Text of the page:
5 days later, I have decided that anything that I cannot comprehend shall be termed “Tajik style”. I explained this to some co-workers and they had a good laugh about it (with reference to Gangnam style, which of course was familiar across Tajikistan as well).

Here are some examples of “Tajik style”:

1. Prices – when I arrived at the Dushanbe airport at 3am, my new friend Adiba I met on the plane helped negotiate a price in Tajik with my taxi driver. “30 somoni!, you’re good”. I got into the car and when he dropped me off at my destination, he demanded 40 somoni. It was 4am, on a dark and quiet street. I lost the battle of the 10 somoni and figured, just great, Tajik style.

2. Traffic – private mini buses ply the streets of Dushanbe. You identify the routes by the number, put your hand out, and get on. Sounds pretty simple, but imagine hordes of people trying to get on and off the multiple minivans at the same location at the same time, you basically get traffic madness, Tajik style. On Tuesday, I witnessed a car driving against traffic (to avoid a jam going in his direction). Tajik style.

3. Documentation – visitors arriving in Tajikistan are required to register with the OVIR office upon arrival, where of course, the government siphons a little bit more of your dollars. When my local contact Nauvus tried to help register my passport, there was a tremendously long line. What do you do? Call someone, who knows someone, who knows someone, who knows someone sitting behind that counter, ask for a favor, and 3 “Tajik style” minutes later, my registration is complete!

4. Just strange – I was riding shotgun in my minivan ride today to the market, when suddenly I hear knocking on the door while we were at a red light. The driver in the taxi pulled up next to us and muttered a few sentences of Tajik. My driver proceeded to pass me a 20 somoni note, which I handed over through the window to the cab driver and got two 10 somoni notes from him in return. Ok no big deal – money exchange at the red light, Tajik style.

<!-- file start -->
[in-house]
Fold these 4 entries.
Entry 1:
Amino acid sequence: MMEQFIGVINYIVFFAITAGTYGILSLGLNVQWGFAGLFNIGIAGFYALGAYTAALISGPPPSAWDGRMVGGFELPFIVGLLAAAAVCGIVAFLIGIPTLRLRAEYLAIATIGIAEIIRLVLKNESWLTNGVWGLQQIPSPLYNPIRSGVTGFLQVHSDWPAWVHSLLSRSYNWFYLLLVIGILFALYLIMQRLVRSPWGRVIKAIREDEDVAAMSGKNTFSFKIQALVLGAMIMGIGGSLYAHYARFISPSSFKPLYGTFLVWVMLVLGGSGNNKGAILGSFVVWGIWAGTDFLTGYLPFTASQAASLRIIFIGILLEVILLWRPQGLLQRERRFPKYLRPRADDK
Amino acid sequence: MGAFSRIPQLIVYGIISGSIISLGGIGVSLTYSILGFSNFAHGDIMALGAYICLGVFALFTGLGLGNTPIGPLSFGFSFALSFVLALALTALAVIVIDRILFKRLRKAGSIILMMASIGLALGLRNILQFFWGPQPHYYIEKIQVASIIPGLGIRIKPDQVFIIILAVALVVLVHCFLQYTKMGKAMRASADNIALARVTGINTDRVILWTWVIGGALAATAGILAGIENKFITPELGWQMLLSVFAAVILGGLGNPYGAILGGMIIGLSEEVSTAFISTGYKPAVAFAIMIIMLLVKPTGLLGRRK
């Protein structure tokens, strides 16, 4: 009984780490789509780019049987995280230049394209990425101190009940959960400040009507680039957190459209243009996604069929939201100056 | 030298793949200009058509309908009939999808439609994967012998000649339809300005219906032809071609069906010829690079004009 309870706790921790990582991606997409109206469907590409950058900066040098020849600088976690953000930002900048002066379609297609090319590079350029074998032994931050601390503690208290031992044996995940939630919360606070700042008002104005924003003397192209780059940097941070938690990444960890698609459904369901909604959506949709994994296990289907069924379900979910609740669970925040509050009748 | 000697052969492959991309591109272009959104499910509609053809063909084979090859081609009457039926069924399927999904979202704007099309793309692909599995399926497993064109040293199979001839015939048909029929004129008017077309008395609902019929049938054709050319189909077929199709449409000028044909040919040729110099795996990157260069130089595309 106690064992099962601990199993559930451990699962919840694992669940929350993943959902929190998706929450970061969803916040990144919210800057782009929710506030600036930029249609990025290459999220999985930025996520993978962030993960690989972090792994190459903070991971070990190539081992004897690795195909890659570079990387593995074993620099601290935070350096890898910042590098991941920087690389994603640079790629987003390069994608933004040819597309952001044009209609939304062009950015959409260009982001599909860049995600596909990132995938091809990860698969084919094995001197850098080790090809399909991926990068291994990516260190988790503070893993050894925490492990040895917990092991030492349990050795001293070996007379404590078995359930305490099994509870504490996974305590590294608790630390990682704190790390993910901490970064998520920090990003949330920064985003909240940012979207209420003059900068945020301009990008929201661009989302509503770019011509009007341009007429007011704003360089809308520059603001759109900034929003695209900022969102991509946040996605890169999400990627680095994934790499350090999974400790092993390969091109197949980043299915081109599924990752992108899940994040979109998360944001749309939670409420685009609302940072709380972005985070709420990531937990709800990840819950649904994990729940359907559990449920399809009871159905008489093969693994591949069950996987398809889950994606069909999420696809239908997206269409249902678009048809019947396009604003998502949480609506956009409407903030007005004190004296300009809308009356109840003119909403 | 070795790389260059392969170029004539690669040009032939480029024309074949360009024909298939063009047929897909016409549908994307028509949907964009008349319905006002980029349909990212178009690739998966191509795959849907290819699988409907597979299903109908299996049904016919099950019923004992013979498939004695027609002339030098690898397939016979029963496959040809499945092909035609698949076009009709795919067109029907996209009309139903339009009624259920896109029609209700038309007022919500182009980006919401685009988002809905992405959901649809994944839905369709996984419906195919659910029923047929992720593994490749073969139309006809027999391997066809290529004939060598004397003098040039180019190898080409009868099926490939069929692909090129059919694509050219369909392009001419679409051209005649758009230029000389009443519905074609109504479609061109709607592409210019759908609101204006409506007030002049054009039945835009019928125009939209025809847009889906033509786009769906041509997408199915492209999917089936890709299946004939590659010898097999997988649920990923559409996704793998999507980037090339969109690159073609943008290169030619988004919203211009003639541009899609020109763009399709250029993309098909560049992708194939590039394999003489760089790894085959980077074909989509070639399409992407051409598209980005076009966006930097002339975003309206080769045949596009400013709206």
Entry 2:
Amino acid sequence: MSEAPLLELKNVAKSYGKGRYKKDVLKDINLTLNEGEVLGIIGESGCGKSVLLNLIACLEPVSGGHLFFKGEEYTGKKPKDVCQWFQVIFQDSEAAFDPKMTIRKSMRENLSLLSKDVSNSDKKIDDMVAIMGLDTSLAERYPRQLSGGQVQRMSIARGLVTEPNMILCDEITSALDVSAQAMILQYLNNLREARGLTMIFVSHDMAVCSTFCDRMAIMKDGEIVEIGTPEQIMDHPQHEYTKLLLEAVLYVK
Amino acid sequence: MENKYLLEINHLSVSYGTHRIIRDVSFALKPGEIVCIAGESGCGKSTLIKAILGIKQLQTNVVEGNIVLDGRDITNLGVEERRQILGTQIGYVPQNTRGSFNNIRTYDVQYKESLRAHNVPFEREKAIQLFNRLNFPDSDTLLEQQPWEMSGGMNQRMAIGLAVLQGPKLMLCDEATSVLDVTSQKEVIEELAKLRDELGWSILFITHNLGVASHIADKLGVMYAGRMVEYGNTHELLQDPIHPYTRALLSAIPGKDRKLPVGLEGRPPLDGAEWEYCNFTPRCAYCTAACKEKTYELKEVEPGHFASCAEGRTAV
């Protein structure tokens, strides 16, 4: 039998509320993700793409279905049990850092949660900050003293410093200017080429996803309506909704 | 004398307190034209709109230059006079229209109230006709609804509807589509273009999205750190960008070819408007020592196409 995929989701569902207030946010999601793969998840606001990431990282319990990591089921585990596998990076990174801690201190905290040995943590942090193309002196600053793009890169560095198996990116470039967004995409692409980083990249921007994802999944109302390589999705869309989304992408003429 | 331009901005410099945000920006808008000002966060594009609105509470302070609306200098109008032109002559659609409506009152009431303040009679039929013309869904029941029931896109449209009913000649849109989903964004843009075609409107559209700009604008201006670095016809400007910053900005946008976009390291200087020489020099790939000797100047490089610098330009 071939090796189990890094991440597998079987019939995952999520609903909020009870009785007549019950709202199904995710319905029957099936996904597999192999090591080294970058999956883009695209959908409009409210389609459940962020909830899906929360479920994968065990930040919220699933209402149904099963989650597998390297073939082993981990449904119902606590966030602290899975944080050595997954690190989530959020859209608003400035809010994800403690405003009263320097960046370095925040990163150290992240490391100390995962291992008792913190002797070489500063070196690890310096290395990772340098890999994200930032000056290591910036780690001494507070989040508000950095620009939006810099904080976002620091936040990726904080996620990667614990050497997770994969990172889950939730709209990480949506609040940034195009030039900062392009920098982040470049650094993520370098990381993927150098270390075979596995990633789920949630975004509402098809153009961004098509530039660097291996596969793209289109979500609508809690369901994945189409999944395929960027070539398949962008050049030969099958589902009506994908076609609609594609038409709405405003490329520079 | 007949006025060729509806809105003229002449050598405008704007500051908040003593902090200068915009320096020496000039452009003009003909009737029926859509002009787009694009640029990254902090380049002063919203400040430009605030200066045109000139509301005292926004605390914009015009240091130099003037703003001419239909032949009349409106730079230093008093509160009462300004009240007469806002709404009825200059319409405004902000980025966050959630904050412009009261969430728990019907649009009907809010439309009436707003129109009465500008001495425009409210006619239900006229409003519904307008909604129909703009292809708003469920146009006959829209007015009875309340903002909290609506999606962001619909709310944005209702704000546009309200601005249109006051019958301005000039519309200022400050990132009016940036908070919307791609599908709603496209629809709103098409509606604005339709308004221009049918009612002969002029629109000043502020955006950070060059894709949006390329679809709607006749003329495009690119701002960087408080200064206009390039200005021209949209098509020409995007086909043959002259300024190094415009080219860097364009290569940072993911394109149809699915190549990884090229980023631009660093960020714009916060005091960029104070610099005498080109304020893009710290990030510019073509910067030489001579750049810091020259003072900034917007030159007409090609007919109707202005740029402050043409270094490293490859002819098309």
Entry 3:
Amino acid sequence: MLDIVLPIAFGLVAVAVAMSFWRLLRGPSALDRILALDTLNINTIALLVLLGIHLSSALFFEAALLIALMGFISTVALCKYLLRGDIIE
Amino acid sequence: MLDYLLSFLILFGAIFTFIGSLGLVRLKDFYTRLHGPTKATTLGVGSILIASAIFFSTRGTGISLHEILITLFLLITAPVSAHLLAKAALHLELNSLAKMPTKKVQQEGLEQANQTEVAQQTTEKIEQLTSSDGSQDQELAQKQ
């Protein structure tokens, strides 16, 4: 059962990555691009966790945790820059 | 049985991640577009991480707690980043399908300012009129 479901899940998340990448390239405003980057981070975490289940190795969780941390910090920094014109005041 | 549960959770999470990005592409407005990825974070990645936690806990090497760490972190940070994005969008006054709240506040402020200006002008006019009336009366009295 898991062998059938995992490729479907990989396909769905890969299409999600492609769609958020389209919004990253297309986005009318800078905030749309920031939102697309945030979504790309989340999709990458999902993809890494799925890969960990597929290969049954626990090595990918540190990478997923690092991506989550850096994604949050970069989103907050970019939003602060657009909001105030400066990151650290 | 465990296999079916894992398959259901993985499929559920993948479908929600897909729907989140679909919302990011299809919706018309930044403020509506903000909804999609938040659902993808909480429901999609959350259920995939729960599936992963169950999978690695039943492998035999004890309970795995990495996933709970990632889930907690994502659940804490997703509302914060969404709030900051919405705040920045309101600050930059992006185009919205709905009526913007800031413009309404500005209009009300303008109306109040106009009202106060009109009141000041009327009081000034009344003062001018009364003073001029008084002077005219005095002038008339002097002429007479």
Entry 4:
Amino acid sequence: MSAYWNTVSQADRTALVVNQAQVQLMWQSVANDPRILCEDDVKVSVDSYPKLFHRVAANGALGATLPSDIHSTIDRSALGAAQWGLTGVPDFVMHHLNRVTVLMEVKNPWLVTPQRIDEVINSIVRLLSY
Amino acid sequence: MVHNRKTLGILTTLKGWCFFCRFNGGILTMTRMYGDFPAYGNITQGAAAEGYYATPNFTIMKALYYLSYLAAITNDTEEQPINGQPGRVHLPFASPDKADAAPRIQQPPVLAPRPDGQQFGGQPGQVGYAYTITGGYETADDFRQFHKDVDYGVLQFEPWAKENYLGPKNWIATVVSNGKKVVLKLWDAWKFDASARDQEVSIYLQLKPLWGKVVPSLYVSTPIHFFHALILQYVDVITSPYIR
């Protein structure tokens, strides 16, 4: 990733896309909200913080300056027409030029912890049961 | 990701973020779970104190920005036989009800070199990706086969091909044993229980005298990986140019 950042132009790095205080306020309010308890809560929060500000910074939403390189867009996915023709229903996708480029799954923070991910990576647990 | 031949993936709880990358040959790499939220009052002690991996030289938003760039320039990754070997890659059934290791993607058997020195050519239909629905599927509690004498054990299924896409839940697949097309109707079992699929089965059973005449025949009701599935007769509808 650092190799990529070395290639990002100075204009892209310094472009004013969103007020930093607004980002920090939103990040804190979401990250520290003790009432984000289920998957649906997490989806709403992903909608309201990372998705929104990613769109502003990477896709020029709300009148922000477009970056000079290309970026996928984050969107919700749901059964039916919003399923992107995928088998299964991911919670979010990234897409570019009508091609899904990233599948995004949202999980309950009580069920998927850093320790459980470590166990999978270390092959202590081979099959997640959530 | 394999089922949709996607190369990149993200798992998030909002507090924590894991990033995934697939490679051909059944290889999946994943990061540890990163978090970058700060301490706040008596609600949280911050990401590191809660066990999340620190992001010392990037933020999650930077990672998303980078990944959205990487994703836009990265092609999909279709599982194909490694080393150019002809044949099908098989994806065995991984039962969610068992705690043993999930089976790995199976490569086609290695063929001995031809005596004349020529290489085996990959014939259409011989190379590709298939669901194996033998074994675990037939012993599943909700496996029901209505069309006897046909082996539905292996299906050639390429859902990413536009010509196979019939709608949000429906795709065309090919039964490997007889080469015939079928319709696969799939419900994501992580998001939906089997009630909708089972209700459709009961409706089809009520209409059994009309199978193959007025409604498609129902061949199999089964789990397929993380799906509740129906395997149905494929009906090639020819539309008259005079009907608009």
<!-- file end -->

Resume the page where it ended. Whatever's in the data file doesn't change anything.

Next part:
5. Silicon valley, Dushanbe. Tajik Style.

Photo 22-2-15 9 57 48 am

The truth is that nothing is really very well-defined in this country, every next 5 minutes can be a complete surprise. When they asked for Kiva Fellows to be comfortable with ambiguity and change, they really meant it!


In this part of the world, corruption plagues many parts of the society, especially when there is government involved. Ever since the civil war ended in the late 90s, the people of Tajikistan have been very hopeful and optimistic of the prospect of peace, but corruption continues to haunt them everywhere. Nauvus commented “You know in Tajikistan, money can do anything. You can kill someone, pay the police, and get away with it!”. In Tajikistan, they say fear no one, except the police. Today, someone explained to me that a very successful businessman was jailed for 26 years after building the two fanciest towers in Dushanbe; the government simply found some way to get the police to find some fault with his company. Moral of the story? DO NOT BE TOO SUCCESSFUL in Tajikistan. It is hard to believe that in the poorest country in Central Asia, with a GDP per capita of ~$2000, you find fancy Porsches and Audis speeding down Rudaki Avenue, the main street on Dushanbe. “Family and friends of the President”, my friend remarked.

However, drawing back the curtains of corruption, you will find one of the most kind and hospitable people in the world in Tajikistan. On Thursday I met one of the Kiva borrowers who was taking out a loan to purchase new sewing equipment, and within 5 minutes I had been invited to her son’s birthday party (we thankfully declined as we had to get back to the office). This past week, everyone on the team I work with took turns to buy me lunch as I am the guest. Tajiks treat the concept of a “guest” in this country very seriously, and anything they can do to extend hospitality to a guest is of utmost importance. One would also observe a strong sense of community, camaraderie, and politeness in everyday Tajik interactions. In homes, markets, and even in the office, every morning people exchange handshakes and greetings of “As-salaam alaikum” (peace to you). There is a lot more to write about the people here, but I will probably leave that to the next post.

The Soviet-era apartment building

The Soviet-era apartment building

Food has been pretty good so far!

Food has been pretty good so far!

Photo 19-2-15 8 04 40 am (1)

HUMO, one of Kiva’s partners who I work with in Dushanbe

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